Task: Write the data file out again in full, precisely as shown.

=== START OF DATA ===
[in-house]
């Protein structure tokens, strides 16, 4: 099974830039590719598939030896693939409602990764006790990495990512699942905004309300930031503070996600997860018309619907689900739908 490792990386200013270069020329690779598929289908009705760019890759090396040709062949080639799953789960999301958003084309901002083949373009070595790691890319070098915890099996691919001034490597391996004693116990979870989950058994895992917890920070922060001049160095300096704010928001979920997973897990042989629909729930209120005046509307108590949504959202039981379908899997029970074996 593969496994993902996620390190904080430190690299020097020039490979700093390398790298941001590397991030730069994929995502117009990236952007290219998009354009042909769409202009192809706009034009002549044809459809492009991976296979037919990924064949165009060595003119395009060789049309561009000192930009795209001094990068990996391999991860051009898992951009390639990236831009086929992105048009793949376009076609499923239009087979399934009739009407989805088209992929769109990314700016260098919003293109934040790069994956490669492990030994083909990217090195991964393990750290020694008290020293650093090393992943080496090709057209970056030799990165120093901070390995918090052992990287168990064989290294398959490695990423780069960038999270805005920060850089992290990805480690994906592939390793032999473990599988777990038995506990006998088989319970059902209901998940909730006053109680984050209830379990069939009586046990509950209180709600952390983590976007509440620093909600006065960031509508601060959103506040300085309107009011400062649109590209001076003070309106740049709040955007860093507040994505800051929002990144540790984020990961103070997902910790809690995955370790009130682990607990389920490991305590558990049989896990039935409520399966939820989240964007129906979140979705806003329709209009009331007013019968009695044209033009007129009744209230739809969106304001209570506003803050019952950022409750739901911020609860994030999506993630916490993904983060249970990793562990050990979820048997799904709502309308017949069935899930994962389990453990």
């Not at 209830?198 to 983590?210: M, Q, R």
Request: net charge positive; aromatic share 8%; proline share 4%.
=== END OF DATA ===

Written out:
[in-house]
């Protein structure tokens, strides 16, 4: 099974830039590719598939030896693939409602990764006790990495990512699942905004309300930031503070996600997860018309619907689900739908 490792990386200013270069020329690779598929289908009705760019890759090396040709062949080639799953789960999301958003084309901002083949373009070595790691890319070098915890099996691919001034490597391996004693116990979870989950058994895992917890920070922060001049160095300096704010928001979920997973897990042989629909729930209120005046509307108590949504959202039981379908899997029970074996 593969496994993902996620390190904080430190690299020097020039490979700093390398790298941001590397991030730069994929995502117009990236952007290219998009354009042909769409202009192809706009034009002549044809459809492009991976296979037919990924064949165009060595003119395009060789049309561009000192930009795209001094990068990996391999991860051009898992951009390639990236831009086929992105048009793949376009076609499923239009087979399934009739009407989805088209992929769109990314700016260098919003293109934040790069994956490669492990030994083909990217090195991964393990750290020694008290020293650093090393992943080496090709057209970056030799990165120093901070390995918090052992990287168990064989290294398959490695990423780069960038999270805005920060850089992290990805480690994906592939390793032999473990599988777990038995506990006998088989319970059902209901998940909730006053109680984050209830379990069939009586046990509950209180709600952390983590976007509440620093909600006065960031509508601060959103506040300085309107009011400062649109590209001076003070309106740049709040955007860093507040994505800051929002990144540790984020990961103070997902910790809690995955370790009130682990607990389920490991305590558990049989896990039935409520399966939820989240964007129906979140979705806003329709209009009331007013019968009695044209033009007129009744209230739809969106304001209570506003803050019952950022409750739901911020609860994030999506993630916490993904983060249970990793562990050990979820048997799904709502309308017949069935899930994962389990453990």
């Not at 209830?198 to 983590?210: M, Q, R």
Request: net charge positive; aromatic share 8%; proline share 4%.